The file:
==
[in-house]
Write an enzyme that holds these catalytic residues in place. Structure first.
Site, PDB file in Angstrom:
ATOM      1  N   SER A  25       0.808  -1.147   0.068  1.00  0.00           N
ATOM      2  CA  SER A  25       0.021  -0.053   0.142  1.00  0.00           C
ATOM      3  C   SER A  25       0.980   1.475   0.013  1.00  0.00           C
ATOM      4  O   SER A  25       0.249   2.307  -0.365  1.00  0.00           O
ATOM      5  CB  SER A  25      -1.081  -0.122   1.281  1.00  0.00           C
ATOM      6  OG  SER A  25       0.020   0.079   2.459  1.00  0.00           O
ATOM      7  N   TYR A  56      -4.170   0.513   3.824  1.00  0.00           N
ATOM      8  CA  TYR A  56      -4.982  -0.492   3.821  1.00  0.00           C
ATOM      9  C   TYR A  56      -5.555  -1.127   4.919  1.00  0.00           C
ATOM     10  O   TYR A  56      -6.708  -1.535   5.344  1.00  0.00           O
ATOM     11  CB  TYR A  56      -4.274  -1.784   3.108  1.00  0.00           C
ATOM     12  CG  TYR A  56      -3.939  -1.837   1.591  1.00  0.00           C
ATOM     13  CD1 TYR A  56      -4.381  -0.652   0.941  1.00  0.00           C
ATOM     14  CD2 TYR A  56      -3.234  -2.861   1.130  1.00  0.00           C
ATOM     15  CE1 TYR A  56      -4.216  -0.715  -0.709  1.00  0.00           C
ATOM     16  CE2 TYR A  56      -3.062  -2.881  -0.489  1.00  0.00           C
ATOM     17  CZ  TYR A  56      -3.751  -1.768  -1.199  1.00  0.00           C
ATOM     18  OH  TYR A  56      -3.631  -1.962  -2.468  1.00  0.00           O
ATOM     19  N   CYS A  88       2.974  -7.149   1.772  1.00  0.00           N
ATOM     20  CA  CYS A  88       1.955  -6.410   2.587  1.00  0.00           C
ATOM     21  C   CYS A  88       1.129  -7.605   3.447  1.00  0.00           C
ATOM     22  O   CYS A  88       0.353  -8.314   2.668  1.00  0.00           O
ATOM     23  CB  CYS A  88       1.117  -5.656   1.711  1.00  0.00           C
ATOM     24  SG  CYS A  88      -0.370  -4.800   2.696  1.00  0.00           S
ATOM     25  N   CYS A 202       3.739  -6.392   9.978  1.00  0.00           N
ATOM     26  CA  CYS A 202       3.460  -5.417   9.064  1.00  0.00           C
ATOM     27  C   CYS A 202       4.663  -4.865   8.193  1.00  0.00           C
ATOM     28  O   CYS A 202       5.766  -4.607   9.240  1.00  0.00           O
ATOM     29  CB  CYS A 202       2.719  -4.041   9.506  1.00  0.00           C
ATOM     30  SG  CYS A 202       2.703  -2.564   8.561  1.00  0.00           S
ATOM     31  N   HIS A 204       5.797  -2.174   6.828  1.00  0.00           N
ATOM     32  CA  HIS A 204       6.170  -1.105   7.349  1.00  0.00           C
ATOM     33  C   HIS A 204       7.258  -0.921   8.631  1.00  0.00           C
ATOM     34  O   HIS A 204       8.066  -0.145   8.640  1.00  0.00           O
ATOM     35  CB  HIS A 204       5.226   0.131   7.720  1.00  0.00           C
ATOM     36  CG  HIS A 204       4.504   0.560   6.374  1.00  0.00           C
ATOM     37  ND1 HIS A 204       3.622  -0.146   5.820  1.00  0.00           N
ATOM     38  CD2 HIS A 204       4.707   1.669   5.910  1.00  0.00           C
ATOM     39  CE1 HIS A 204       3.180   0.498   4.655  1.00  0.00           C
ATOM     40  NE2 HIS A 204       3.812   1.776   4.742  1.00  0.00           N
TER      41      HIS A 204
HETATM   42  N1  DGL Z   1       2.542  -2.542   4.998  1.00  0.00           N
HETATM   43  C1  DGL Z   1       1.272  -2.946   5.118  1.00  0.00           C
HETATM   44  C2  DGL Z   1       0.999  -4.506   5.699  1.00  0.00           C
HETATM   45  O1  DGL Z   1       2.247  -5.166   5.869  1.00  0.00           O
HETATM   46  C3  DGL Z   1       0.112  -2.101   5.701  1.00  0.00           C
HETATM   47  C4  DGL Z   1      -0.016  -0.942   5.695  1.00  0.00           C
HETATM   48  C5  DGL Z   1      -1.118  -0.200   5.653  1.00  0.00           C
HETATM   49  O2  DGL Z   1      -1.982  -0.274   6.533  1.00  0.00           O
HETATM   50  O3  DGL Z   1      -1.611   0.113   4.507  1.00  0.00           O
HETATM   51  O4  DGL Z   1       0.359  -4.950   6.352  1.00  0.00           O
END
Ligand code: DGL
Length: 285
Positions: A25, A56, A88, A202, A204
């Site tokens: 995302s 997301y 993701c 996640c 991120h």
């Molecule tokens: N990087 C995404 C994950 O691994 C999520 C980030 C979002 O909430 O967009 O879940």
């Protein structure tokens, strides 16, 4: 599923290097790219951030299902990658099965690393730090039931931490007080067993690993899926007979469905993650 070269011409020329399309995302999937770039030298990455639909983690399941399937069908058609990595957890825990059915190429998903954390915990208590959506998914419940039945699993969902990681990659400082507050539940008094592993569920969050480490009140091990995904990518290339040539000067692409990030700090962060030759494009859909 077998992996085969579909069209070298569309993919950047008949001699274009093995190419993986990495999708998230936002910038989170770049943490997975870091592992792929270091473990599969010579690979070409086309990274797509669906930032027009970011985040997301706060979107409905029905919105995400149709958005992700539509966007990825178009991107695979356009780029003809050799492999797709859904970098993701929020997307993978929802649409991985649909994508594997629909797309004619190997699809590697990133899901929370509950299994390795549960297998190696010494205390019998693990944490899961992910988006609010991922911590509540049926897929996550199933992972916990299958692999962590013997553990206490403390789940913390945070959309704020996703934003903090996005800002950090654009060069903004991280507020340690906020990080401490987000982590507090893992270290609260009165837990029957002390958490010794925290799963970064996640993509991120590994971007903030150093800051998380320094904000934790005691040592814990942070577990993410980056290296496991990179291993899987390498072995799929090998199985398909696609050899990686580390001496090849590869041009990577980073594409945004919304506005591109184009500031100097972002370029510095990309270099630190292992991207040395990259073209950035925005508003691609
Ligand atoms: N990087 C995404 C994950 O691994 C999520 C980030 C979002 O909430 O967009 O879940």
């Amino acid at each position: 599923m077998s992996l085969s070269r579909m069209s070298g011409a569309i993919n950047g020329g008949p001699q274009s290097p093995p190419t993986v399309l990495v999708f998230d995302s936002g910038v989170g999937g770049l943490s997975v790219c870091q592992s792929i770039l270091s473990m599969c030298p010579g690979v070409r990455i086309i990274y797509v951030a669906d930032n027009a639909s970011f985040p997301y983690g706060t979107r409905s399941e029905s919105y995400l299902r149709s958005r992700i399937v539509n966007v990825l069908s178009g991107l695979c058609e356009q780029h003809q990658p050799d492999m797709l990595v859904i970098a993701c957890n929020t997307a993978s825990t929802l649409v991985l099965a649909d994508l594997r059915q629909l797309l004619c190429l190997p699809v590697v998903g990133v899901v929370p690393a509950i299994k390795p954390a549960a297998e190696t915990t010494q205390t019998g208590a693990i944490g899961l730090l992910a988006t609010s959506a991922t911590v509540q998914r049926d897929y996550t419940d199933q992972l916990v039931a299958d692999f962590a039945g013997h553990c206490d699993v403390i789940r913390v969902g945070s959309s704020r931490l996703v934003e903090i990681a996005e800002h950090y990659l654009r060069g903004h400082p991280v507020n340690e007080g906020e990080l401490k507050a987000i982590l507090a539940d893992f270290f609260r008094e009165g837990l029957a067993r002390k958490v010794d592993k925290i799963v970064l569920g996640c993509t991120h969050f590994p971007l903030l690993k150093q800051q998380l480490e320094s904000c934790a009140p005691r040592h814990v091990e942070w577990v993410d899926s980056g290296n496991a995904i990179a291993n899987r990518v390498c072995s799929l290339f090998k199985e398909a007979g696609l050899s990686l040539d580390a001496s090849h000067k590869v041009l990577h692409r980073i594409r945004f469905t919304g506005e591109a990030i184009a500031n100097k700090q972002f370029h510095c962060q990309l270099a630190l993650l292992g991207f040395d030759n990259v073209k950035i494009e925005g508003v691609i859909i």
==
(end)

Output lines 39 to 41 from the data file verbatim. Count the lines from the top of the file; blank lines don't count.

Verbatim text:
ATOM     36  CG  HIS A 204       4.504   0.560   6.374  1.00  0.00           C
ATOM     37  ND1 HIS A 204       3.622  -0.146   5.820  1.00  0.00           N
ATOM     38  CD2 HIS A 204       4.707   1.669   5.910  1.00  0.00           C